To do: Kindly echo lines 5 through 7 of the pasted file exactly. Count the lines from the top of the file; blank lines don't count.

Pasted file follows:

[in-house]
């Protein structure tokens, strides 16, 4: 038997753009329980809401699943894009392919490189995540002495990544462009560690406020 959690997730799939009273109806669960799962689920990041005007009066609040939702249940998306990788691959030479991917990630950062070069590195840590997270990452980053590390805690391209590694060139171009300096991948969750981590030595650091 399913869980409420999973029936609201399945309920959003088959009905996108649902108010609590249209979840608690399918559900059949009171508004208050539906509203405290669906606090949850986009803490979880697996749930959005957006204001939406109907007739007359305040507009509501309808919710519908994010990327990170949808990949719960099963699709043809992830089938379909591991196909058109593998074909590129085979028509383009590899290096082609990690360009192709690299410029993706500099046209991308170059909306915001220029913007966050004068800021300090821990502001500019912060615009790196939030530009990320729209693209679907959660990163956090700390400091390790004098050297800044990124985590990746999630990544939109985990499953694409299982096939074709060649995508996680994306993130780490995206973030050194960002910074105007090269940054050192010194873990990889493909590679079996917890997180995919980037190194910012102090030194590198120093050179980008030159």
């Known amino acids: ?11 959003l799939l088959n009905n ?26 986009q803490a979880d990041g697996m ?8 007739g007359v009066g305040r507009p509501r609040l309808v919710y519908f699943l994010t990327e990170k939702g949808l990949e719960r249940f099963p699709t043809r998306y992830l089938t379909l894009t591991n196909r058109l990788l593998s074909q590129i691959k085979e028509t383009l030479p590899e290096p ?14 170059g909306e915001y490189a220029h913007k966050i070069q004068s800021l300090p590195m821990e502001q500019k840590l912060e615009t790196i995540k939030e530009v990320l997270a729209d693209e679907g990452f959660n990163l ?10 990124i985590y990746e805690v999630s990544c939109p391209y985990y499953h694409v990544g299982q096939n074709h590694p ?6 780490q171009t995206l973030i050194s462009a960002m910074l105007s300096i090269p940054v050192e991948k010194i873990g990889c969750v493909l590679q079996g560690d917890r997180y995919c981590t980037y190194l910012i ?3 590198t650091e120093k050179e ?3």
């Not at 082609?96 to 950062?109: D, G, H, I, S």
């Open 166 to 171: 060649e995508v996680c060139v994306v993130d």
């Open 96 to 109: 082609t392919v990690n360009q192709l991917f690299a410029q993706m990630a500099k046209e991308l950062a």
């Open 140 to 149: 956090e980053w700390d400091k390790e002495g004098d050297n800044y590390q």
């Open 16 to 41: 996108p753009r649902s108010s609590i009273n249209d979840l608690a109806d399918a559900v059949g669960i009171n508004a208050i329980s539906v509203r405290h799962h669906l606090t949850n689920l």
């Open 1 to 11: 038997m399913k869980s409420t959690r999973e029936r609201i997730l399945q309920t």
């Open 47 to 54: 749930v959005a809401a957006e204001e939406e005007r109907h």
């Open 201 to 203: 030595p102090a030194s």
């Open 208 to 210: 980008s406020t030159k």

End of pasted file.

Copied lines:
């Open 166 to 171: 060649e995508v996680c060139v994306v993130d």
């Open 96 to 109: 082609t392919v990690n360009q192709l991917f690299a410029q993706m990630a500099k046209e991308l950062a």
């Open 140 to 149: 956090e980053w700390d400091k390790e002495g004098d050297n800044y590390q």